• the worker's employment contract;
    • the letter of dismissal;
    • the letter requesting the reasons for the dismissal;
    • the letter specifying the reasons for the dismissal;
    • the letter disputing the reasons for dismissal;
    • the settlement agreement;
    • payslips retroactively covering a period of one year up to the notification of dismissal.

In response to that request, the section for tax deductions at source issues a notice setting out the exact amount of the tax-exempt payment the beneficiary will receive, depending on the relevant caps in place.

It is also important to note that in practice, the Luxembourg Inland Revenue can be contacted via e-mail.

For the persons concerned, the employer can apply the tax exemption without first seeking the advice of the RTS 1 bureau (Central Luxembourg), RTS Esch (South) or RTS Ettelbruck (North).
  • people wishing to take advantage of tax exemption on compensation under categories e), f) and g) must apply for it on a separate sheet of paper, submitting the application to the Economic Committee (Comité de conjoncture), which will issue an opinion. The Government in Council then decides on the request for tax exemption with the assent of the Economic Committee and sends the file back to the Luxembourg Inland Revenue.
    The matter can be referred directly to the Economic Committee by the persons concerned or by the companies, as well as by their legal representative (law firm, fiduciary, etc.).
    The application must contain:
    • a list of the names of all the employees concerned, and their national identification numbers (13-digit social security number - matricule);
    • a copy of the social plan, the job protection plan or, failing that, the notification of collective redundancy lodged with the National Employment Agency (ADEM).
These applications must be approved by the Economic Committee in order for the Luxembourg Inland Revenue to be able to apply the tax exemption.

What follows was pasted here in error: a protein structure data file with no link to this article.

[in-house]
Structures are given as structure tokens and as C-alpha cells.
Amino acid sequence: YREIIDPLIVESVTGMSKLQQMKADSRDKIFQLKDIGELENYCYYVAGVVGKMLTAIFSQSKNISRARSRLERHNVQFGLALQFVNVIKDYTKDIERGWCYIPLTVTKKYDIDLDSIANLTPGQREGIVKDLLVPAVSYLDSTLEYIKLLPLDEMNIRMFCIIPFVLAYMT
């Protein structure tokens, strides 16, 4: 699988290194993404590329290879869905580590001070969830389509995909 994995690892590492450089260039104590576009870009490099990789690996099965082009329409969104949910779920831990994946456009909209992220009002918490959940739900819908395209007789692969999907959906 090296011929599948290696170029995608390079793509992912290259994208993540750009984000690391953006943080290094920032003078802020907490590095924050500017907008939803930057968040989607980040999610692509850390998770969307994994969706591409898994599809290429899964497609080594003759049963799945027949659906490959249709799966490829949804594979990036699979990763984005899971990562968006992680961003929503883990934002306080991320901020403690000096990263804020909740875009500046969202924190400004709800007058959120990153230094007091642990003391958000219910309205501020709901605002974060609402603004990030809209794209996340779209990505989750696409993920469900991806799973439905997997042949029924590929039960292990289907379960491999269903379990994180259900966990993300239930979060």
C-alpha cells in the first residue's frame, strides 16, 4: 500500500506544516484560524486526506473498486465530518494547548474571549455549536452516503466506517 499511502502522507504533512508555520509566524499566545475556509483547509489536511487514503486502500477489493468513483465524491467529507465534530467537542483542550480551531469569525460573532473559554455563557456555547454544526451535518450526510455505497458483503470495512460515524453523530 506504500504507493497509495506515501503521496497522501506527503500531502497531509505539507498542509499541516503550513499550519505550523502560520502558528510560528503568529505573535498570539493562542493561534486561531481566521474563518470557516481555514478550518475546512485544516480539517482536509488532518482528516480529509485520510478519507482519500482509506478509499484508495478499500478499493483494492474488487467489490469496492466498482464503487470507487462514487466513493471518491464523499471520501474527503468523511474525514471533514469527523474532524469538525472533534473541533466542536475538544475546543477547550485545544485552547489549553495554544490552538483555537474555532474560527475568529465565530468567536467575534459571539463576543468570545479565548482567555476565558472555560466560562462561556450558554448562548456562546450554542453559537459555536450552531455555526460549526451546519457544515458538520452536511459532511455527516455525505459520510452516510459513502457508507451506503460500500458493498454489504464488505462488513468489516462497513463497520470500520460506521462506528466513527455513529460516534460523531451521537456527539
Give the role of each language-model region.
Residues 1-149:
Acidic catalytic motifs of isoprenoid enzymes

Severance pay in the case of dismissal with notice

Any employee dismissed with notice is entitled to severance pay (as provided for by the Labour Code), provided they can prove at least 5 years of service at the company and are not yet eligible to receive a normal old-age pension. Nevertheless, an employee who is eligible for early old-age pension is entitled to severance pay.

An employee who applied for and obtained early retirement benefit cannot apply for severance pay.

Any collective agreement may provide for amounts and conditions of allocation of severance pay which are more favourable for the employees than the Labour Code.

In calculating the amount of severance pay, account is taken of the employee's length of service in the business at the end of the notice period, regardless of whether the worker has worked during the notice period or not.

For businesses with fewer than 20 employees, the employer has the following option:

  • either award severance pay;
  • or extend the dismissed employee's notice period.

The employer must state their choice in the letter of dismissal.

Severance pay based on length of service

Employee's length of service

Severance pay

Extended notice period
(substitution scheme for businesses with <20 employees)

less than 5 years

no severance pay

no severance pay

between 5 and 10 years

1 month

5 months

between 10 and 15 years

2 months

8 months

between 15 and 20 years

3 months

9 months

between 20 and 25 years

6 months

12 months

between 25 and 30 years

9 months

15 months

30 years or more

12 months

18 months


The severance pay is calculated on the basis of the gross salary or wages actually paid to the employee over the 12 months prior to the notification of termination of the employment contract.

Sickness benefits and standard incentives and extras are included in the salaries/wages used for calculating the severance pay. Overtime, bonuses and reimbursements for additional costs incurred are excluded.

Who to contact